Shanghai Jewish Refugees Museum

Shanghai Jewish Refugees Museum

Speciality Museums
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9:00 AM - 5:00 PM
Tuesday
9:00 AM - 5:00 PM
Wednesday
9:00 AM - 5:00 PM
Thursday
9:00 AM - 5:00 PM
Friday
9:00 AM - 5:00 PM
Saturday
9:00 AM - 5:00 PM
Sunday
9:00 AM - 5:00 PM
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About
The Shanghai Jewish Refugees Museum contains the site of one of only two synagogues in Shanghai, the Ohel Moshe Synagogue, along with two exhibition halls. Volunteers offer informative tours of the museum.
Suggested duration
1-2 hours
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Detailed Reviews: Reviews order informed by descriptiveness of user-identified themes such as cleanliness, atmosphere, general tips and location information.
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4.5
722 reviews
Excellent
447
Very good
223
Average
43
Poor
8
Terrible
1

Jo-Ann
Washington15,801 contributions
May 2021 • Couples
A really wonderfully designed museum with details and stories in English & Chinese. I loved the stories from the refugees although they were mostly sad. It was great to be able to learn so much more about Shanghai’s generosity. Line 12 Tilanqiao metro station takes you straight to the museum and interesting surroundings.
Written May 17, 2021
This review is the subjective opinion of a Tripadvisor member and not of Tripadvisor LLC. Tripadvisor performs checks on reviews.

steve1118
Shanghai, China93 contributions
Dec 2020 • Family
This museum is worth visiting. This is more than an important memorial to the Holocaust. It is also a testament to hope amidst terror. By visiting you will also learn about a unique moment in Shanghai’s history. This museum is a reminder that shanghai has a history as a leading international city. The exhibits in the museum are professionally curated and informative. The wall outside with names of refugees who were able to escape the holocaust is touching. And the preserved building in the midst of modern shanghai towers shows how much shanghai has developed.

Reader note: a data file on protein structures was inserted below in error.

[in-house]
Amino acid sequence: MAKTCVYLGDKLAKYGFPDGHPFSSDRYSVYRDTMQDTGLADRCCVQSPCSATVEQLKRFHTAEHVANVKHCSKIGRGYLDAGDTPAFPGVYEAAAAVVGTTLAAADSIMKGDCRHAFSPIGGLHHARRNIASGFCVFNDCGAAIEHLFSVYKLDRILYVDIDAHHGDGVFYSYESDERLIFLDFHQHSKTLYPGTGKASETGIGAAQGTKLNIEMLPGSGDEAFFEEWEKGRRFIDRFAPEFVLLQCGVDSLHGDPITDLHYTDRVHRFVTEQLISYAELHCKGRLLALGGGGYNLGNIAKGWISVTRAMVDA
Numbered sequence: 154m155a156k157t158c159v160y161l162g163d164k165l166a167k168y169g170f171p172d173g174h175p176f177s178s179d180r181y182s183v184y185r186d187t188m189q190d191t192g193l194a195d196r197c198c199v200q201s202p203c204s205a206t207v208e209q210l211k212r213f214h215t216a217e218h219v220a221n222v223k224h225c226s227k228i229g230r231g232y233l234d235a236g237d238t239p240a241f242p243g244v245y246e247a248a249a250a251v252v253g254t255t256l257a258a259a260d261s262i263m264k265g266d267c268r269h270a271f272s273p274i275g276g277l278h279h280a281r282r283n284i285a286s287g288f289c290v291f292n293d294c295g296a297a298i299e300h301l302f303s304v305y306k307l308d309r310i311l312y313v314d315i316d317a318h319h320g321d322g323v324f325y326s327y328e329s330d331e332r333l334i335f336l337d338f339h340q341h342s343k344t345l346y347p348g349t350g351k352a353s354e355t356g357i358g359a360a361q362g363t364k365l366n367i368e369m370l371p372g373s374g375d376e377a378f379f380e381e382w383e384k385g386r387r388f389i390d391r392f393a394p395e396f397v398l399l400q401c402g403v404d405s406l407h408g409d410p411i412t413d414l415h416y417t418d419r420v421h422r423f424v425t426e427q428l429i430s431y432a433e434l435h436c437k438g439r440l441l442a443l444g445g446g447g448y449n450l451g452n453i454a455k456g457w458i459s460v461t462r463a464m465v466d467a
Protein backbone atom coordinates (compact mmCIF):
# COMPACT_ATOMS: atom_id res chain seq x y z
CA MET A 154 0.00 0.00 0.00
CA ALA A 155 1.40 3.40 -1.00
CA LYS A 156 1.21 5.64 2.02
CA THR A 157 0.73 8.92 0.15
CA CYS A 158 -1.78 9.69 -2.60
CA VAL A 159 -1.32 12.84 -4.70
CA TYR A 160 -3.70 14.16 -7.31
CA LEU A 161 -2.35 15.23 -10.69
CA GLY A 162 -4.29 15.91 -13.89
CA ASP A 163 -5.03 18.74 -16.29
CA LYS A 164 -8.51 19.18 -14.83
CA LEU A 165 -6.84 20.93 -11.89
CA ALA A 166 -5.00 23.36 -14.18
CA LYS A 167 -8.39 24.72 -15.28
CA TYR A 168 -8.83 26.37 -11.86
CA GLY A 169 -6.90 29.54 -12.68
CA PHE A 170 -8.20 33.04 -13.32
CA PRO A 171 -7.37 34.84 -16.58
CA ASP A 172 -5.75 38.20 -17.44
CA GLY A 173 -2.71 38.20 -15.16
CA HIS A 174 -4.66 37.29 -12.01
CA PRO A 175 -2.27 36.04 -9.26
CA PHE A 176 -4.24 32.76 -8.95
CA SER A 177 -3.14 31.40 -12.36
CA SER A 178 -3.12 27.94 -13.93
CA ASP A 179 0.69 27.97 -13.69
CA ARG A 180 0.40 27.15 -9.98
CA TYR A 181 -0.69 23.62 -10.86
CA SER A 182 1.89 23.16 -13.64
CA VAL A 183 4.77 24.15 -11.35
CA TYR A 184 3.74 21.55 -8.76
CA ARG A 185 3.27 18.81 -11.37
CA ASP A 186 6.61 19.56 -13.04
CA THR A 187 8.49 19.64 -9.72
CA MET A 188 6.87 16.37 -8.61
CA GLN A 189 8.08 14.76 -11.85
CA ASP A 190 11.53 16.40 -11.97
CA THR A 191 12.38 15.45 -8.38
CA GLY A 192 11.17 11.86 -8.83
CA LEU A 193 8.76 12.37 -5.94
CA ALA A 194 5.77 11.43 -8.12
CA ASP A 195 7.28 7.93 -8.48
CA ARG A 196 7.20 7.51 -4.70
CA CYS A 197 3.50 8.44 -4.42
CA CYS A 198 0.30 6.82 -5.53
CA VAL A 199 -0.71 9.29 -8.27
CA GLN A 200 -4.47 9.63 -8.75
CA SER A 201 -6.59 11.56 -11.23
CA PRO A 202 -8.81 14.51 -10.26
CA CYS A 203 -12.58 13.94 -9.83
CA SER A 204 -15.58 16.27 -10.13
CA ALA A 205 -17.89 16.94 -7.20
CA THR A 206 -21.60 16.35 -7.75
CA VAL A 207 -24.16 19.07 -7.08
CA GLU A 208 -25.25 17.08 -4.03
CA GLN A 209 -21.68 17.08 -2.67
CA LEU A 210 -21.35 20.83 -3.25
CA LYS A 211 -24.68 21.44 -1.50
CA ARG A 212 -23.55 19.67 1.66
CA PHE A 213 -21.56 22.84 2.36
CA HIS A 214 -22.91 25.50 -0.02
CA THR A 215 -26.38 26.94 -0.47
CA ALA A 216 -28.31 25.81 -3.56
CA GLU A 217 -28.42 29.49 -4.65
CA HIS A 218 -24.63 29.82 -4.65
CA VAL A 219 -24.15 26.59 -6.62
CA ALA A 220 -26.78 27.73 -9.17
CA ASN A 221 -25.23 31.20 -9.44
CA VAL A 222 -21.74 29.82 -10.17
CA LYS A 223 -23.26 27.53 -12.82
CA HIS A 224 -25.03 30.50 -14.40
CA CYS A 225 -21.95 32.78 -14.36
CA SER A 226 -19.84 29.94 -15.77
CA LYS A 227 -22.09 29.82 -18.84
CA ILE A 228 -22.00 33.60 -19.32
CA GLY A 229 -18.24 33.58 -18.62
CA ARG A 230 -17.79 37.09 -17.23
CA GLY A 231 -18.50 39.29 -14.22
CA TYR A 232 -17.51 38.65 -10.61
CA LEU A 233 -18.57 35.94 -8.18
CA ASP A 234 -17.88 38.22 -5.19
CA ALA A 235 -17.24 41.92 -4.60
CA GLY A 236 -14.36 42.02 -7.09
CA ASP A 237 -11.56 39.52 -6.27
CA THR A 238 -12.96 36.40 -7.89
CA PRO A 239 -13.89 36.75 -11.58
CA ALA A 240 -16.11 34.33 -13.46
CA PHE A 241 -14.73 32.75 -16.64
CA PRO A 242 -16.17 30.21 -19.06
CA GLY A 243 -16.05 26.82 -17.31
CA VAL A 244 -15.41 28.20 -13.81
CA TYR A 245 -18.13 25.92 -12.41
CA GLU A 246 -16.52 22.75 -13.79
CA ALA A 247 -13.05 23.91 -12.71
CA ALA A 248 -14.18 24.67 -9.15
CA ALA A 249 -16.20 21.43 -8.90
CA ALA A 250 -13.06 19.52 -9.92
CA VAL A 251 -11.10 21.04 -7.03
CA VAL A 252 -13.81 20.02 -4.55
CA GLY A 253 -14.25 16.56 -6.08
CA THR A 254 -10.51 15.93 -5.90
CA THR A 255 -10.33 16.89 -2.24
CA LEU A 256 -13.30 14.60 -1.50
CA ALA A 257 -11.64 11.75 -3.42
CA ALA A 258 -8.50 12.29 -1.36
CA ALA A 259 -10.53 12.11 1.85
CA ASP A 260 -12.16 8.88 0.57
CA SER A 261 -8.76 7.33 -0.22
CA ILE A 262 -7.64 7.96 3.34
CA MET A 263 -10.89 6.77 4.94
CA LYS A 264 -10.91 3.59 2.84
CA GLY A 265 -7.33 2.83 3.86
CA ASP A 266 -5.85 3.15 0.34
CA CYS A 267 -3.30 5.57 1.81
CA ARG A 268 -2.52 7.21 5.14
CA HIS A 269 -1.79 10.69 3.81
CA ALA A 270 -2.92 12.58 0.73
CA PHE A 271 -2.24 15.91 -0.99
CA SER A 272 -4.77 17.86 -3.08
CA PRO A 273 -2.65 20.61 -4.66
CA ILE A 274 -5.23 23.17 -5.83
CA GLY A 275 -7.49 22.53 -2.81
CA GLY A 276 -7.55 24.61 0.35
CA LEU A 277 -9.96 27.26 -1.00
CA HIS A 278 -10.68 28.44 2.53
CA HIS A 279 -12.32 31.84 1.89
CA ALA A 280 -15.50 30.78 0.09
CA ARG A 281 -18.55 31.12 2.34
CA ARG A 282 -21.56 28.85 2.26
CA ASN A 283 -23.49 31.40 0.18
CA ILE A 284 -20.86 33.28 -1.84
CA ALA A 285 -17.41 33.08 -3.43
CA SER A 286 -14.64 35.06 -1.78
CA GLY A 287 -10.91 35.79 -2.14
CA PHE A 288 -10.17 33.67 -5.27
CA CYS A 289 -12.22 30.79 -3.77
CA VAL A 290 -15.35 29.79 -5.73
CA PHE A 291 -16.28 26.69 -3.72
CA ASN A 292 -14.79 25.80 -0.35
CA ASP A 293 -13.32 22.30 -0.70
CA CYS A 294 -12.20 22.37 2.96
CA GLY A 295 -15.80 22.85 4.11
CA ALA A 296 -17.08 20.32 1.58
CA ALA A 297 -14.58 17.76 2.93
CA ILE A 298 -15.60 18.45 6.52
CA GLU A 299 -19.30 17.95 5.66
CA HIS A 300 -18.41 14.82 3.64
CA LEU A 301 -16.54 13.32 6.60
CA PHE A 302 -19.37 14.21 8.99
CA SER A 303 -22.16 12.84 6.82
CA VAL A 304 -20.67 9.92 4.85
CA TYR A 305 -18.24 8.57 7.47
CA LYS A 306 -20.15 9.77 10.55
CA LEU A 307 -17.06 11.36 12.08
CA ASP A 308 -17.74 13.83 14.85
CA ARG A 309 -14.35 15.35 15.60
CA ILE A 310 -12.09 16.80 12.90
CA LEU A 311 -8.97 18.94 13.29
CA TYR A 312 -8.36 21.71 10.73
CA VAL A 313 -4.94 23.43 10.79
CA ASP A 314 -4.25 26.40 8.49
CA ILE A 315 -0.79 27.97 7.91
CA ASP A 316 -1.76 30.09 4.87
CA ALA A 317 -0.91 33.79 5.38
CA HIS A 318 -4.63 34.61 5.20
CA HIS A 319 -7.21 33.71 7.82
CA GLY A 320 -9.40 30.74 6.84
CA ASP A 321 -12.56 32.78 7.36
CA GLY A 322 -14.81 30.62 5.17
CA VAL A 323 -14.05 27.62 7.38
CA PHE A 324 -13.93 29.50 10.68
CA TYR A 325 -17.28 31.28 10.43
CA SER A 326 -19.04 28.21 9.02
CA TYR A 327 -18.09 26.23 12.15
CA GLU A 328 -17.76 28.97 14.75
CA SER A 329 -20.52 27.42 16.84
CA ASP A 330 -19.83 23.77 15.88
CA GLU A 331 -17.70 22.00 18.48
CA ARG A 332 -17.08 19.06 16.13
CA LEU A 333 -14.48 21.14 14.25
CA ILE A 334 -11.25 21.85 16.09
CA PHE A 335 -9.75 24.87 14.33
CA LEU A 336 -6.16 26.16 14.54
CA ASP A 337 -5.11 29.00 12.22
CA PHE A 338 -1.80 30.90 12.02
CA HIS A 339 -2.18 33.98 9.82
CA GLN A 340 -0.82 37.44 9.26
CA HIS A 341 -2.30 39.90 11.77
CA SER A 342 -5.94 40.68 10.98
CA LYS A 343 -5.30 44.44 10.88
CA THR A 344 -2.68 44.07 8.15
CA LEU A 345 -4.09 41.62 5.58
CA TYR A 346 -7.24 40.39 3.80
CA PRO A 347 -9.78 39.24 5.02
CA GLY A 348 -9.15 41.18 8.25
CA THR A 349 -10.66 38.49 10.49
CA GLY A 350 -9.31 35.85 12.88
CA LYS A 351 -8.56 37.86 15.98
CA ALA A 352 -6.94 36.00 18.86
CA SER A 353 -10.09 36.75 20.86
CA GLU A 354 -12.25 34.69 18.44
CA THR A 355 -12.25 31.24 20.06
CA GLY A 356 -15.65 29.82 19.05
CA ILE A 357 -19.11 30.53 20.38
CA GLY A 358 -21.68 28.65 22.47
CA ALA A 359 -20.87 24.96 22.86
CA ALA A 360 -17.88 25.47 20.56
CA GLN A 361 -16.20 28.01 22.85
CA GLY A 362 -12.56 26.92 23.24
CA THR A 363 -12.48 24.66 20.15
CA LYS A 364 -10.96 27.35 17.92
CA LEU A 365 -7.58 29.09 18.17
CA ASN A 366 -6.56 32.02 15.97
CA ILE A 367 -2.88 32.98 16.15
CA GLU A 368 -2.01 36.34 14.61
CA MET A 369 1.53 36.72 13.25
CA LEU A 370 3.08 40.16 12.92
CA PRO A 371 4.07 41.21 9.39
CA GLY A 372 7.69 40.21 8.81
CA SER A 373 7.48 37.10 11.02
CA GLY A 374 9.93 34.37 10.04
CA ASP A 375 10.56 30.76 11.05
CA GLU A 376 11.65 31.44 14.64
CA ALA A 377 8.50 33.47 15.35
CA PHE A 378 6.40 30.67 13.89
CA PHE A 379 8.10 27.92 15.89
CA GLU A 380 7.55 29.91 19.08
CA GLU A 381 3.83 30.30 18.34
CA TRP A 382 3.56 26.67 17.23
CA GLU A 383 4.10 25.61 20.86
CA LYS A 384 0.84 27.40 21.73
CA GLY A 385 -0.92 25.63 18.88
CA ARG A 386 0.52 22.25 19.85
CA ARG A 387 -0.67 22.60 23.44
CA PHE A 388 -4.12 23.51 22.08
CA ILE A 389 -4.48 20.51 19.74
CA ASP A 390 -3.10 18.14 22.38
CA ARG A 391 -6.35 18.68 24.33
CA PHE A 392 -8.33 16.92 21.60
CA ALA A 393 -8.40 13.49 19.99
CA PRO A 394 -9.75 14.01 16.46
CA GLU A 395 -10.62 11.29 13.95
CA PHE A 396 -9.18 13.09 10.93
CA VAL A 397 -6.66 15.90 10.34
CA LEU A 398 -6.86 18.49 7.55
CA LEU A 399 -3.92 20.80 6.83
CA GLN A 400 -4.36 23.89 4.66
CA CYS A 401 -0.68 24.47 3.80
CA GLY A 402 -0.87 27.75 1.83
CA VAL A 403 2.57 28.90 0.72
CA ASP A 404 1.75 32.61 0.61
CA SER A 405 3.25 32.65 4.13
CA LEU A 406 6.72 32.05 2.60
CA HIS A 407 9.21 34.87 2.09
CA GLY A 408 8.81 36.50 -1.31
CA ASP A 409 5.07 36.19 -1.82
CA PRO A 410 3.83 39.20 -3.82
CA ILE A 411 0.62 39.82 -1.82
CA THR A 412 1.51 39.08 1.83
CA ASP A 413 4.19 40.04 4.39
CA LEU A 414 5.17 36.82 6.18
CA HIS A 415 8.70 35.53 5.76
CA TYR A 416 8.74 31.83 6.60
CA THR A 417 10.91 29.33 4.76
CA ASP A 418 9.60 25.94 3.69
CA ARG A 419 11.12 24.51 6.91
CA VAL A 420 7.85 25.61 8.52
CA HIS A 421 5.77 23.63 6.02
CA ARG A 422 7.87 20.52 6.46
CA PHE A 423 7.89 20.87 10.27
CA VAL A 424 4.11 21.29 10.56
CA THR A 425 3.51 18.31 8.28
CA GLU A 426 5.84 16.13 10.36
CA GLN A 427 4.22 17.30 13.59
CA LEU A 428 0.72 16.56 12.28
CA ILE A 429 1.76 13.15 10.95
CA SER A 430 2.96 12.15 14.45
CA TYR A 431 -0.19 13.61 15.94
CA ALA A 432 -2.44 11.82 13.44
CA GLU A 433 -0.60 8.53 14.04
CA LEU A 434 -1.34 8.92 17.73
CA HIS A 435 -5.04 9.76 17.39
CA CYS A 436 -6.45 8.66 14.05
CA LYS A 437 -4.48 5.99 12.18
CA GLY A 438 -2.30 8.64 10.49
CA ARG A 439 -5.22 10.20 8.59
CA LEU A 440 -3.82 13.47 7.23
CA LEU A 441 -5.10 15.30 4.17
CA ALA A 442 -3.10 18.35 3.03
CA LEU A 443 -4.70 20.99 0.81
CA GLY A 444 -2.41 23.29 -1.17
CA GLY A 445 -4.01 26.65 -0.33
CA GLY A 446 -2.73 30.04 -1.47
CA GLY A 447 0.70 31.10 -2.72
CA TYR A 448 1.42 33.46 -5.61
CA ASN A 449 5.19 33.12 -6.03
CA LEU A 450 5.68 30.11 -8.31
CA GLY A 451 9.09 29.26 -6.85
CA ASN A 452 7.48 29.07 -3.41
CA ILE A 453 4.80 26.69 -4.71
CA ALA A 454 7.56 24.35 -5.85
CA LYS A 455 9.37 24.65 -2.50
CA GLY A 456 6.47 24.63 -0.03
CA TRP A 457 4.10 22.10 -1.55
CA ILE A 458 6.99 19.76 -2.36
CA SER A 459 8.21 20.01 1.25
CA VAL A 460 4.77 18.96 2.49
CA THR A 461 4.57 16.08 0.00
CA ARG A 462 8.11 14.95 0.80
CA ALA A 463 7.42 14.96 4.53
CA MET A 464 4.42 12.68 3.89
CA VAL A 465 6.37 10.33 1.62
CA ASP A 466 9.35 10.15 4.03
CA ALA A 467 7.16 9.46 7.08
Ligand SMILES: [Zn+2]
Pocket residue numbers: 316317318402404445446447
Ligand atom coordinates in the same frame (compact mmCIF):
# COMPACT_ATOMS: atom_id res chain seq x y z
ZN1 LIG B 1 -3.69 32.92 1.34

Written December 30, 2020
This review is the subjective opinion of a Tripadvisor member and not of Tripadvisor LLC. Tripadvisor performs checks on reviews.

SanFrancisco1onthego
San Francisco, CA44 contributions
Oct 2019
This museum opened my eyes to the resource Shanghai was to the Jewish people during WWII. The testimonials and the movie were impactful and I would encourage you to visit. Also, it's located in a part of the city not yet gentrified, so you get a better glimpse of old Shanghai when you are there.
Written January 2, 2020
This review is the subjective opinion of a Tripadvisor member and not of Tripadvisor LLC. Tripadvisor performs checks on reviews.

Jenniferpenguin
Sydney123 contributions
Jan 2020
I decided to visit this museum as I had a family friend who was a Jewish refugee in WWII. It was lovely to see a part of Chinese history that many are not aware of, that China was one of the few countries willing to take in Jewish refugees in the dark days of the 30s. A little off the beaten track, but not too difficult and there is a bonus temple around the corner.
Written January 10, 2020
This review is the subjective opinion of a Tripadvisor member and not of Tripadvisor LLC. Tripadvisor performs checks on reviews.

Extraordinary141139
3 contributions
Nov 2019 • Couples
A quiet, authentic museum in the original buildings which housed a synagogue, meeting hall and tavern for jewish refugees rescued by Shanghai citizens. Map of the surrounding area gives visitors a chance to also explore the neighborhood and see firsthand how the Jews lived side by side with the Chinese during WWII. Fascinating museum.
Written January 6, 2020
This review is the subjective opinion of a Tripadvisor member and not of Tripadvisor LLC. Tripadvisor performs checks on reviews.

Chris P
Shanghai, China4,924 contributions
Feb 2021 • Friends
Loved the improved and expanded museum. So much more to see and read about the Jews in Shanghai. Well worth a visit - COVID restrictions are in place e.g. mask, health code etc
Written February 7, 2021
This review is the subjective opinion of a Tripadvisor member and not of Tripadvisor LLC. Tripadvisor performs checks on reviews.

RoyStormer
Guangzhou, China331 contributions
Jul 2021 • Couples
We really enjoyed the new museum and their entire collection. Mainly personal stories and lots of history to explore in the multitude of rooms.

There is a lot to learn here about a part of history that is virtually unknown to the uninformed.

Very close to the metro and inexpensive to visit.
Written July 21, 2021
This review is the subjective opinion of a Tripadvisor member and not of Tripadvisor LLC. Tripadvisor performs checks on reviews.

Dan M
Tel Aviv, Israel15,458 contributions
Aug 2016 • Couples
What were the odds to find in Shanghai Jewish refugees from the Holocaust ?
So far from Europe ?

Actually 20,000 were saved from the gas chambers and the crematorium, right here, in this district of Shanghai.

And it was thanks to 2 Righteous Among the Nations, one Chinese and one Japanese that despite their government orders delivered visas to Jews trying to escape the coming holocaust.
And they kept doing that even after being discovered, from their home in Europe.

This Museum is a testimony of the life of these refugees as they lived it here, 70 years ago...and were saved from an horrible fate.

As usual I have attached some pictures to give you a better understanding of this place.

Near the ultra modernism and hyper technology of Shanghai, this is a totally different experience but not so less interesting nor revealing.

One which makes you think and reflect ...
Written November 28, 2016
This review is the subjective opinion of a Tripadvisor member and not of Tripadvisor LLC. Tripadvisor performs checks on reviews.

MrJoeG
Minneapolis, MN178 contributions
Aug 2013 • Solo